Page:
After all the lovely rain comes the hot weather, and with it, the bugs.

Bugs are at a slightly different stage from where they were at the beginning of the garden, and so are the plants on which they feed. Earlier, you had to worry about getting young seedlings established well enough to survive attack. Problems that arise among tender young shoots often don't occur with older, more established plants.

Companion planting often helps, but doesn't necessarily eliminate the problem. It's easy to say that a healthy plant will not be as susceptible to pests as a sickly plant, but even the healthiest broccoli and cabbage display large holes in their leaves when cabbage loopers attack, and even the sturdiest potato plants can be decimated by potato beetles. A garden with well-balanced soil and strong plants will suffer less than a sickly one, but pests pester both.

If Japanese beetles have been a problem in the past, now is the time to put out traps. These are widely available at garden centers and hardware stores.

The bait is a sticky, sweet-smelling concoction that comes in cans. You put a spoonful in the top of the trap and the beetles, drawn by the "mating" smell of the bait, land on the metal trap and fall in. I am particularly enamored of Japanese beetle traps because they're extremely effective and harmless to the environment. Several years ago Japanese beetles were a major threat, and I installed five metal traps in the vegetable garden, which is about a hundred feet long and forty feet wide. I also put out three in my small orchard (three fruit trees and one large grapevine). I found that I had to empty the traps daily, they were catching so many beetles. I emptied the beetles into a bucket of water to which I had added a half- cup of kerosene, which did an excellent job of killing the bugs. There was some damage to leaves and vegetables, but nothing was wiped out that year by the beetles, and, more important, I haven't had a heavy outbreak since. If left unchecked, the beetles will lay eggs and young grubs will develop in turf over the winter, producing new voracious adults in the summer.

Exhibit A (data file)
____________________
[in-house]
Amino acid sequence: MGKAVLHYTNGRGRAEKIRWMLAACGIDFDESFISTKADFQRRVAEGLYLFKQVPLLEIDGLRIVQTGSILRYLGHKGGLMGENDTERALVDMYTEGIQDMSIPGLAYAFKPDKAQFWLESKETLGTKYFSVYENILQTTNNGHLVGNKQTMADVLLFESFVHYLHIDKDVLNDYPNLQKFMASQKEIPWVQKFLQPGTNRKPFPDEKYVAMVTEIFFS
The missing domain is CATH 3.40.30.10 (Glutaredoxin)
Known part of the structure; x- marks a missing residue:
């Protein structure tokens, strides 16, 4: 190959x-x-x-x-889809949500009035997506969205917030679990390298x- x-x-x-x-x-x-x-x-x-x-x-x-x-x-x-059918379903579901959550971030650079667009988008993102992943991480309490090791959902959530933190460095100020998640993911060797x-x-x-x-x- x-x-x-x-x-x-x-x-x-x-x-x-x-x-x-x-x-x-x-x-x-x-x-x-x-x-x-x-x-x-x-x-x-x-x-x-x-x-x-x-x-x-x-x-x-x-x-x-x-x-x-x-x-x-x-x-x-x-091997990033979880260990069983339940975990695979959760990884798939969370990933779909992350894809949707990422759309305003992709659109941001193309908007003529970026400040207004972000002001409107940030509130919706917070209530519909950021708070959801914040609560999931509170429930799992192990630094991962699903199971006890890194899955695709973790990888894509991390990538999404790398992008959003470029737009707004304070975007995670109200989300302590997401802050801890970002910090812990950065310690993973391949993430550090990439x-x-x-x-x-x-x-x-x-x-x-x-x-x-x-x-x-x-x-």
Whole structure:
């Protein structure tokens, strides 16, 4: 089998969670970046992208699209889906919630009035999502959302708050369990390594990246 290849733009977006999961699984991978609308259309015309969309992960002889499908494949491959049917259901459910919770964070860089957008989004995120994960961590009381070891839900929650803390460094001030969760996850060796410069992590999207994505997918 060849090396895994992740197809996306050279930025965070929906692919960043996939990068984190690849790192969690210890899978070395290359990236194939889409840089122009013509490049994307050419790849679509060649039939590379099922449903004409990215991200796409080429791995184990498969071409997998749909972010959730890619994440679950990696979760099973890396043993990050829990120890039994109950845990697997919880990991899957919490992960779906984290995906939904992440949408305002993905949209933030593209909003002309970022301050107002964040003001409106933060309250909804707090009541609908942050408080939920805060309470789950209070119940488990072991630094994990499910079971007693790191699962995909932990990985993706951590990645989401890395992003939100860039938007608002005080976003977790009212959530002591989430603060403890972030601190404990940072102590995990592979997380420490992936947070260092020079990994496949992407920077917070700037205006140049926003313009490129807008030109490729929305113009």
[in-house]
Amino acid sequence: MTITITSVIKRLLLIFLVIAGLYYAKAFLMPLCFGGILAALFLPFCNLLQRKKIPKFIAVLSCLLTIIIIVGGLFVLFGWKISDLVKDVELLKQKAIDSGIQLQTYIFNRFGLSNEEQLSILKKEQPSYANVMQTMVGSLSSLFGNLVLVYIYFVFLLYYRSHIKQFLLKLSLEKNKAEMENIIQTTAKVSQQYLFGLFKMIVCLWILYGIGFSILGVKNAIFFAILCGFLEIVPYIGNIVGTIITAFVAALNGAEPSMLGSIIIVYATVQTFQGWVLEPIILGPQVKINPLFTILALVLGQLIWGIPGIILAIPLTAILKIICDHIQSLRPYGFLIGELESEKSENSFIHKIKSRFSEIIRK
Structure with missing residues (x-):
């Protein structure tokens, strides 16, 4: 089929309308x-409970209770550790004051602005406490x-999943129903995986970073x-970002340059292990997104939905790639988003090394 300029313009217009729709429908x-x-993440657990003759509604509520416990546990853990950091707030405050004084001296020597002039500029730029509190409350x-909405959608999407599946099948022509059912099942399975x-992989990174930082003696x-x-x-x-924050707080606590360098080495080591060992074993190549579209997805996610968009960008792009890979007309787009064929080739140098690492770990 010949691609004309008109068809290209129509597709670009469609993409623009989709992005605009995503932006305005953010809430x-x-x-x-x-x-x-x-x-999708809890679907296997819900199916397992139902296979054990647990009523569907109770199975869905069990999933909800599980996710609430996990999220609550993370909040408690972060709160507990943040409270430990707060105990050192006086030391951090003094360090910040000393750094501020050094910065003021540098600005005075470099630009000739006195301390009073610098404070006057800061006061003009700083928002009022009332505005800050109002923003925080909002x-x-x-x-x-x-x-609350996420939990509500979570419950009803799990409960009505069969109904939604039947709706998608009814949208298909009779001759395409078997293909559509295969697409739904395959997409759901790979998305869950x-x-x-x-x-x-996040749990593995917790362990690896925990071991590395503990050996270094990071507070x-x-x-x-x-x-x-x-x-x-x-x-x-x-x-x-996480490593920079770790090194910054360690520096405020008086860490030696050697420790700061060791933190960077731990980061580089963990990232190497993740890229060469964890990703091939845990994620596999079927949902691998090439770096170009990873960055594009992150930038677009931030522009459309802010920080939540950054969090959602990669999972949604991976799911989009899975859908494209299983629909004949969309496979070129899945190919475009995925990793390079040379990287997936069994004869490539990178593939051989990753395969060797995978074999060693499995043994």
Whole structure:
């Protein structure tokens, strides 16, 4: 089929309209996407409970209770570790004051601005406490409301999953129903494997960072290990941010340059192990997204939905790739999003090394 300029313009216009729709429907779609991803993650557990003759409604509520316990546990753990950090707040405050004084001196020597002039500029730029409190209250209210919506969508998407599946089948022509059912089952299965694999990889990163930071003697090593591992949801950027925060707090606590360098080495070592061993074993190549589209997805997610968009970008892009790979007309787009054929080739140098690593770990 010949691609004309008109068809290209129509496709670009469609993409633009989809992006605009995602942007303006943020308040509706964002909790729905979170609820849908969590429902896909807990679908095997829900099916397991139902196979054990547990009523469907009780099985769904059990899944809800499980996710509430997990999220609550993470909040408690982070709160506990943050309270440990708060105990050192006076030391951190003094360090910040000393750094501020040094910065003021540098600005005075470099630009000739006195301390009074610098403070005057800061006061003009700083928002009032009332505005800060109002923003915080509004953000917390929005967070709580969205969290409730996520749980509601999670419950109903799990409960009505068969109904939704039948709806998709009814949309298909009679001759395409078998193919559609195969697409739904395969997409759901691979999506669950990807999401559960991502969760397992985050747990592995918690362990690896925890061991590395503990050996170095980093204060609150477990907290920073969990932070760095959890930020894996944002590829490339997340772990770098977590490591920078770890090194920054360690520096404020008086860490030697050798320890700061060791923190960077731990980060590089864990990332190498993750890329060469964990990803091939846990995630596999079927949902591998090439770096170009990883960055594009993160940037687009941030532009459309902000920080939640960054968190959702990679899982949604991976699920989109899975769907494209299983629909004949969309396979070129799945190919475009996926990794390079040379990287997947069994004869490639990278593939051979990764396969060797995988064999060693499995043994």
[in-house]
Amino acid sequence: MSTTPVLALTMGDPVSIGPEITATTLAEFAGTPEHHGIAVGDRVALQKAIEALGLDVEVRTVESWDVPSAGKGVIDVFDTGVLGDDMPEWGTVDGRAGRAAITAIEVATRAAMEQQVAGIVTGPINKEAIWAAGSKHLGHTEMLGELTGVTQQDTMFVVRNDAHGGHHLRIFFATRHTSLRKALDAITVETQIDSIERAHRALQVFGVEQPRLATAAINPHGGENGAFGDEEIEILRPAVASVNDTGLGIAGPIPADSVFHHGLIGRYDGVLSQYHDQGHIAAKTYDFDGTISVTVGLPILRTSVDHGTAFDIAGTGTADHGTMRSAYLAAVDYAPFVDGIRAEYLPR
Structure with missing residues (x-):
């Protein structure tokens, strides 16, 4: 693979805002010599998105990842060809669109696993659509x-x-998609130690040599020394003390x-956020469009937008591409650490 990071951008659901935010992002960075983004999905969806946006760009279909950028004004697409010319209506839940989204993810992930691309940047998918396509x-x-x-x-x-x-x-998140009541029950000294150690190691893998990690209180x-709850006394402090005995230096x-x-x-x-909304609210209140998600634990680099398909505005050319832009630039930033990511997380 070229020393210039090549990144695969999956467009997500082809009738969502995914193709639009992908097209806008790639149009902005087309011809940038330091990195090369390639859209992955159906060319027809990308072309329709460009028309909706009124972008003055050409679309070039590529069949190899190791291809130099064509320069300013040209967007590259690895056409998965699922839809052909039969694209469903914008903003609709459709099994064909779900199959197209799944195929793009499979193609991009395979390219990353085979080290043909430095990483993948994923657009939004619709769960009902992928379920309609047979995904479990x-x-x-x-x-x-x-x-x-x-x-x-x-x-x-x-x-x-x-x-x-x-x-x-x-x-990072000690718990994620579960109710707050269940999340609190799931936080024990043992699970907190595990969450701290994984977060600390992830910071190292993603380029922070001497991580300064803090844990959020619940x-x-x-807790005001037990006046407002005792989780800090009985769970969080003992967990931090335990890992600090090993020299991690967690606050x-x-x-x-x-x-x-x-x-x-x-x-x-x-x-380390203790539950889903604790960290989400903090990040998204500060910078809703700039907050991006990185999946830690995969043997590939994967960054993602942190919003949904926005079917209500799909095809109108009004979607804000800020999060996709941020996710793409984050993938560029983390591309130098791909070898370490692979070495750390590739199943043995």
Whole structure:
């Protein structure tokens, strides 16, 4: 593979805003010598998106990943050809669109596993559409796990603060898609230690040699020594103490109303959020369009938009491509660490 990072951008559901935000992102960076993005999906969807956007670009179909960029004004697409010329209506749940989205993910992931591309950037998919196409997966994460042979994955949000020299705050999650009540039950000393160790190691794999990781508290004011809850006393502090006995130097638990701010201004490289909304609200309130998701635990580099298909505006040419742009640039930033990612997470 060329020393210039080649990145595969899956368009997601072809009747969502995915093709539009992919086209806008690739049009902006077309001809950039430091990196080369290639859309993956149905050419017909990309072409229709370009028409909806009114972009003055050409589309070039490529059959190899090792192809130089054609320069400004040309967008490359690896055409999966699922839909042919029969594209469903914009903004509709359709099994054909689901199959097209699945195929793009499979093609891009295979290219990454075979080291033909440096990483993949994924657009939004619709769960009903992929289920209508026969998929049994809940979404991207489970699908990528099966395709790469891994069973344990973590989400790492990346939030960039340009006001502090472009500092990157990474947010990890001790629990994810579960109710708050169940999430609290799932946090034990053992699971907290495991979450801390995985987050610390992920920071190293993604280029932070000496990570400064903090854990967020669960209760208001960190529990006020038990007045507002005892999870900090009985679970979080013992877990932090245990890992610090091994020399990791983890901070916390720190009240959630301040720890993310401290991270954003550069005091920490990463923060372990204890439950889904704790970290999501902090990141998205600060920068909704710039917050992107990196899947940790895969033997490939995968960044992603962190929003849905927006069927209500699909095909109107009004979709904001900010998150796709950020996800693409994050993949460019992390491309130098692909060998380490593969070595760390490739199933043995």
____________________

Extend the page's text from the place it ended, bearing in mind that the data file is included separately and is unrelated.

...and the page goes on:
Another control of Japanese beetles is milky spore disease, available at many garden centers. This is spread on lawns and attacks only Japanese beetle larvae. The disease has a life of its own, and spreads over the years, so that if you put just a small amount down on your property, after a while it will affect the lawn next door, and the one next door to that, and so on. But for immediate relief, nothing beats traps for nonchemical control.

Cabbage loopers are back in full force. During our recent rains they weren't too active, but they're thriving now, and conditions are excellent for the last big push to reproduce before they begin to disappear in early July. I've already recommended the use of Bacillus Thuringiensis (BT), available commercially as Thuricide or Dipel. These are bacteria whose active life (during which they effect pests in their larval, or soft-bodied stage) last only about a day. Environmentally benign, BT comes in a highly concentrated form, so it is not terribly expensive. I bought a pint two years ago for about $9 and still have about half left. I apply BT two days in a row every other week or as often as I see the loopers. I've found that I need to spray about eight times a season.